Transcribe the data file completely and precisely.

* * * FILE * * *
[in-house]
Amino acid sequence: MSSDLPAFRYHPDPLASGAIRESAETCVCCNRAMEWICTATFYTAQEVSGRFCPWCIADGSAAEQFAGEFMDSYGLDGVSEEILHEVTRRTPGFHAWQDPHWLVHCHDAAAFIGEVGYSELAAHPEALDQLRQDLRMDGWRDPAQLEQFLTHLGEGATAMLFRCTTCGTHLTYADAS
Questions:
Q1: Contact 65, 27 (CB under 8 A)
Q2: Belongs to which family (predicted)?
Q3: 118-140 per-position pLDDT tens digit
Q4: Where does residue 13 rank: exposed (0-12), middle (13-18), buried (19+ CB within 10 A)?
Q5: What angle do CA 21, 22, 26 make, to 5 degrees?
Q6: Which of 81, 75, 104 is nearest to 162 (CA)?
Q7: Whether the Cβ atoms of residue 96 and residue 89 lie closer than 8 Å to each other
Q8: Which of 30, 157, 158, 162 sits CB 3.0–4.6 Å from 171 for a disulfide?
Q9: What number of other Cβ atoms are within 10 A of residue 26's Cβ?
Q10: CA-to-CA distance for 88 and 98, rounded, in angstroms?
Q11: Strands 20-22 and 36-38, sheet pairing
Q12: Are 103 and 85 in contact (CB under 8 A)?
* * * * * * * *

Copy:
[in-house]
Amino acid sequence: MSSDLPAFRYHPDPLASGAIRESAETCVCCNRAMEWICTATFYTAQEVSGRFCPWCIADGSAAEQFAGEFMDSYGLDGVSEEILHEVTRRTPGFHAWQDPHWLVHCHDAAAFIGEVGYSELAAHPEALDQLRQDLRMDGWRDPAQLEQFLTHLGEGATAMLFRCTTCGTHLTYADAS
Questions:
Q1: Contact 65, 27 (CB under 8 A)
Q2: Belongs to which family (predicted)?
Q3: 118-140 per-position pLDDT tens digit
Q4: Where does residue 13 rank: exposed (0-12), middle (13-18), buried (19+ CB within 10 A)?
Q5: What angle do CA 21, 22, 26 make, to 5 degrees?
Q6: Which of 81, 75, 104 is nearest to 162 (CA)?
Q7: Whether the Cβ atoms of residue 96 and residue 89 lie closer than 8 Å to each other
Q8: Which of 30, 157, 158, 162 sits CB 3.0–4.6 Å from 171 for a disulfide?
Q9: What number of other Cβ atoms are within 10 A of residue 26's Cβ?
Q10: CA-to-CA distance for 88 and 98, rounded, in angstroms?
Q11: Strands 20-22 and 36-38, sheet pairing
Q12: Are 103 and 85 in contact (CB under 8 A)?